Net LED_Data_pin<3> PULLDOWN;
Net LED_Data_pin<3> SLEW=SLOW;
Net LED_Data_pin<3> DRIVE=2;
Net LED_Data_pin<4> LOC = AD26;
Net LED_Data_pin<4> PULLDOWN;
Net LED_Data_pin<4> SLEW=SLOW;
Net LED_Data_pin<4> DRIVE=2;
Net LED_Data_pin<5> LOC = G15;
Net LED_Data_pin<5> PULLDOWN;
Net LED_Data_pin<5> SLEW=SLOW;
Net LED_Data_pin<5> DRIVE=2;
Net LED_Data_pin<6> LOC = L18;
Net LED_Data_pin<6> PULLDOWN;
Net LED_Data_pin<6> SLEW=SLOW;
Net LED_Data_pin<6> DRIVE=2;
Net LED_Data_pin<7> LOC = H18;
Net LED_Data_pin<7> PULLDOWN;
Net LED_Data_pin<7> SLEW=SLOW;
Net LED_Data_pin<7> DRIVE=2;

#### Module DIP_Switches_8Bit constraints

Net DIP_Data_pin<0> LOC=U25;
Net DIP_Data_pin<0> PULLDOWN;
Net DIP_Data_pin<0> SLEW=SLOW;
Net DIP_Data_pin<0> DRIVE=2;
Net DIP_Data_pin<1> LOC=AG27;
Net DIP_Data_pin<1> PULLDOWN;
Net DIP_Data_pin<1> SLEW=SLOW;
Net DIP_Data_pin<1> DRIVE=2;
Net DIP_Data_pin<2> LOC=AF25;
Net DIP_Data_pin<2> PULLDOWN;
Net DIP_Data_pin<2> SLEW=SLOW;
Net DIP_Data_pin<2> DRIVE=2;
Net DIP_Data_pin<3> LOC=AF26;
Net DIP_Data_pin<3> PULLDOWN;
Net DIP_Data_pin<3> SLEW=SLOW;
Net DIP_Data_pin<3> DRIVE=2;
Net DIP_Data_pin<4> LOC=AE27;
Net DIP_Data_pin<4> PULLDOWN;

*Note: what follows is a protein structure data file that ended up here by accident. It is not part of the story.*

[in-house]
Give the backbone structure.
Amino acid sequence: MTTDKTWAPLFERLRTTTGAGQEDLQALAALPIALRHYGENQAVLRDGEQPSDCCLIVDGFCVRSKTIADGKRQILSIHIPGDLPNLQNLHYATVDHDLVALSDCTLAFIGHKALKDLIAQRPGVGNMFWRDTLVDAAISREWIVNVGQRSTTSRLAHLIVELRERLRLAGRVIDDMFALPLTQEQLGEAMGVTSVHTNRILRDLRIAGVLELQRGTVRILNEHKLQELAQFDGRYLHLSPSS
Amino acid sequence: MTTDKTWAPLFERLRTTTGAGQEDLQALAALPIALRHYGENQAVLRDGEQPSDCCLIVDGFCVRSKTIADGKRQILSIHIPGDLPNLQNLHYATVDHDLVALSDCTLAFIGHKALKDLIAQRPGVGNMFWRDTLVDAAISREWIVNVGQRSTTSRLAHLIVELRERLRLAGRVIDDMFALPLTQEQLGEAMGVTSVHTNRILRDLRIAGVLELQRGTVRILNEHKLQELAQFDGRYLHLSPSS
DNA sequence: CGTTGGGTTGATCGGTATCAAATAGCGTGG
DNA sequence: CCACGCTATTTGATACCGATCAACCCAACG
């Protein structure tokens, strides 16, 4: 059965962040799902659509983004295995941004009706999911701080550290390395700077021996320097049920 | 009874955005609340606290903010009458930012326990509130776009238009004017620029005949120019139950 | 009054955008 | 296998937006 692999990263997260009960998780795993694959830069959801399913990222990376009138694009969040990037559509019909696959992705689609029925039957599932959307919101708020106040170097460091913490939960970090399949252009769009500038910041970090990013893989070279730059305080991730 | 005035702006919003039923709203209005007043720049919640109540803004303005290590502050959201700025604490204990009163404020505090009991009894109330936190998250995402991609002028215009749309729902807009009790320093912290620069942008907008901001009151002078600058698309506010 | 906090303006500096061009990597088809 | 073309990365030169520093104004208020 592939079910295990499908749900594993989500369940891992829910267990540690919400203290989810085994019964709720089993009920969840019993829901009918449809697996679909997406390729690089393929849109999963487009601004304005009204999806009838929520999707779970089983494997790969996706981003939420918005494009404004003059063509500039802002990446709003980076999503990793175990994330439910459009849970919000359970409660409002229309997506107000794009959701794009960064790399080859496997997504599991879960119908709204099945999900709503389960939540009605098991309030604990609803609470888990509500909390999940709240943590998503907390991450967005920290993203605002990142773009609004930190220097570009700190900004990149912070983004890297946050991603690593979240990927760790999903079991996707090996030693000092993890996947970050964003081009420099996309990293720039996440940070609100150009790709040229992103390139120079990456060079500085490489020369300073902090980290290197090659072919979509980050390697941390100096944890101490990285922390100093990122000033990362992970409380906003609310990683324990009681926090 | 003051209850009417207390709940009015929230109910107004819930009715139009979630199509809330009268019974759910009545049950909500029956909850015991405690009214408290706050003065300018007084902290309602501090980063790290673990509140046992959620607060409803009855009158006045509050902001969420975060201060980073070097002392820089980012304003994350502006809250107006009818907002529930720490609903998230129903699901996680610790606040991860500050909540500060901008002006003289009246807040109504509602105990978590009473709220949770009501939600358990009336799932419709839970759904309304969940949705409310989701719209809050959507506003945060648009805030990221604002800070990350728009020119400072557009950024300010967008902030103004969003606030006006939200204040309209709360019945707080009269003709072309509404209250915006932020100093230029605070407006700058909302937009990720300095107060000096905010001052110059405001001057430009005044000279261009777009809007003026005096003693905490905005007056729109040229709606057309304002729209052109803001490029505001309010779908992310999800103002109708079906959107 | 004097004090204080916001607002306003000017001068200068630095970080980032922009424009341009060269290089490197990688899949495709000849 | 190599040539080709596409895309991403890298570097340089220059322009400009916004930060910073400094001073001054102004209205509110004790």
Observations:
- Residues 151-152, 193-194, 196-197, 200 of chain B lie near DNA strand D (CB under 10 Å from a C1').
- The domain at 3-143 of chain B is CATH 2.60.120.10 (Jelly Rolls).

Net DIP_Data_pin<4> SLEW=SLOW;
Net DIP_Data_pin<4> DRIVE=2;
Net DIP_Data_pin<5> LOC=AE26;
Net DIP_Data_pin<5> PULLDOWN;
Net DIP_Data_pin<5> SLEW=SLOW;
Net DIP_Data_pin<5> DRIVE=2;
Net DIP_Data_pin<6> LOC=AC25;
Net DIP_Data_pin<6> PULLDOWN;
Net DIP_Data_pin<6> SLEW=SLOW;
Net DIP_Data_pin<6> DRIVE=2;
Net DIP_Data_pin<7> LOC=AC24;
Net DIP_Data_pin<7> PULLDOWN;
Net DIP_Data_pin<7> SLEW=SLOW;
Net DIP_Data_pin<7> DRIVE=2;
  1. Save and close the file.

Create a Software Application

Now we need to create a simple software application to test the peripheral. The program simply needs to read and write to the peripheral through the PLB.

  1. Click on the “Applications” tab and double click “Add Software Application Project”.
  2. For the name, type “TestApp”. Select the microblaze_0 processor. Click “OK”.
  3. Right-click on Default: microblaze_0_bootloop and select “Mark to Initialize BRAMs” so that this application does not get executed on the Microblaze. It should now have a red cross through its icon.
  4. Right-click on “Project: TestApp” and select “Mark to Initialize BRAMs” to select our application for execution on the Microblaze. It should now not have a red cross through its icon.
  5. Select from the menu File->New, and choose “Text file”. Copy the code below into this new file and save the file as TestApp.c in a new folder called “TestApp” within the project folder.